“You couldn’t have known this was going to happen. There was nothing you could do.”
“Why are you telling me this? What good is knowing my future if I’m just going to be an old cat lady one day?”
Rose chuckled. “Funny you say that.”
“There is a cat, isn’t there? I knew it!”
“Sweetheart, there’s still hope.”
“But you just said—“
“You are more powerful than you think.” Rose peeled one hand away from Rosie’s face and held it. “You can grow in the knowledge that God loves you, and He has plans to prosper you in ways you can’t imagine. Somewhere out there, there’s a boy who God made just for you and you’ll experience God’s love in its deepest form through a beautiful marriage and the promise of a family. If that’s what you want. Or even if you decide not to get married, you life can be anything you want it to be. But it’s up to you.” Rose kissed her hand and stood.
“Where are you going?” Rosie propped herself on one side.
“I have to go back now, but I don’t want you to forget what I told you.” Rose made her way to the door.
“Wait!” Rosie scrambled to the edge of the bed and grasped Rose’s hand. “Will I ever see you again?”
Rose looked down at her, tears escaping down her cheeks. “You will. I love you.”
Her legs felt like lead, but somehow they carried Rose back down the hallway to the staircase, everything growing dark behind her. As she climbed, she began to sob. She had lived with this dark secret for over thirty years, never telling another soul. Rose used to have so many dreams, but she let them all die because she thought she didn’t deserve them, didn’t deserve to be happy. In that moment, she realized how she had let it consume her. Approaching the light of day shining into the tunnel from her garden, she resolved to make a change and start living fully and freely. She would take back control over her life.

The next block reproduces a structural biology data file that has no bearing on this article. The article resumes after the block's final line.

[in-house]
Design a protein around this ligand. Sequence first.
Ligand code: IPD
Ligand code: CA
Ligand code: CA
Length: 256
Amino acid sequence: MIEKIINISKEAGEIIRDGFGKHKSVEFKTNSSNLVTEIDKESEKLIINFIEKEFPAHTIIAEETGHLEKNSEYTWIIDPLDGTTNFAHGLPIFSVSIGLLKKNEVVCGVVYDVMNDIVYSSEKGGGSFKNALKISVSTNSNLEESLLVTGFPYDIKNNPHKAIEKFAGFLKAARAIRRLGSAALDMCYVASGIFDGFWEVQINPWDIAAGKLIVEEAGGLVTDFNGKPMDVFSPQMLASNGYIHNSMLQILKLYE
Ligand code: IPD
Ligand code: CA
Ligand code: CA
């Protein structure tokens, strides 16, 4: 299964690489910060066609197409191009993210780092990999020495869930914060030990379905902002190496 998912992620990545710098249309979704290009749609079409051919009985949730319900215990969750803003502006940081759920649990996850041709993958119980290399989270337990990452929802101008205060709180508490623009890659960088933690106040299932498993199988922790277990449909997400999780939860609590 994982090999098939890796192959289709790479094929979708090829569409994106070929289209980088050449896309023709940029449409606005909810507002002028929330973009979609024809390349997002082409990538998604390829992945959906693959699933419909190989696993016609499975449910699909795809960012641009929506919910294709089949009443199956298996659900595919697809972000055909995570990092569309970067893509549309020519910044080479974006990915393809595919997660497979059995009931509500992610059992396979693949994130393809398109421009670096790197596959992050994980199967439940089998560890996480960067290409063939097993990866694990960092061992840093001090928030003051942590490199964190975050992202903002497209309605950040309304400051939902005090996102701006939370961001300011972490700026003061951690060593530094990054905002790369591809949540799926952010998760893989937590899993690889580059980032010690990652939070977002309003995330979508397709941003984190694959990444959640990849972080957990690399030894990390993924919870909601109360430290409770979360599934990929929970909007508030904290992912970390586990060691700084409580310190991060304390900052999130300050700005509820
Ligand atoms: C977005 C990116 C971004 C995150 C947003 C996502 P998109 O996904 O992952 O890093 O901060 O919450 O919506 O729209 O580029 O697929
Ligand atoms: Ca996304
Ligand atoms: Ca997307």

“There you are, Rosie, I was looking for you.”
A handsome, tall man in jeans and a t-shirt came strutting from around the house and wrapped her in his arms.
“Beth just called. They say they’re on the way to the hospital now. Time to meet Baby Luke!” He brushed his lips against hers, kissing her deeply. “You’re finally a grandmother.”
Rose stumbled back and whipped her eyes to the plot beneath her feet. The soil lay undisturbed, every flower in its proper place and not a door in sight. She looked up at the man before her, heat rising to her cheeks.
“Daniel?” She whispered.
Somehow, Rose knew his name. She knew he was her husband and they had had five kids together. Three girls and two boys. She knew they had been married for twenty years and she worked from home as a freelance writer. Everything over the last thirty years washed over her and her legs gave out.
“Honey!” Daniel reached out and caught her. “Are you okay?”
‘She did it.’ Rose thought.
‘She, I mean I, no we. We did it.’
‘We changed the future.’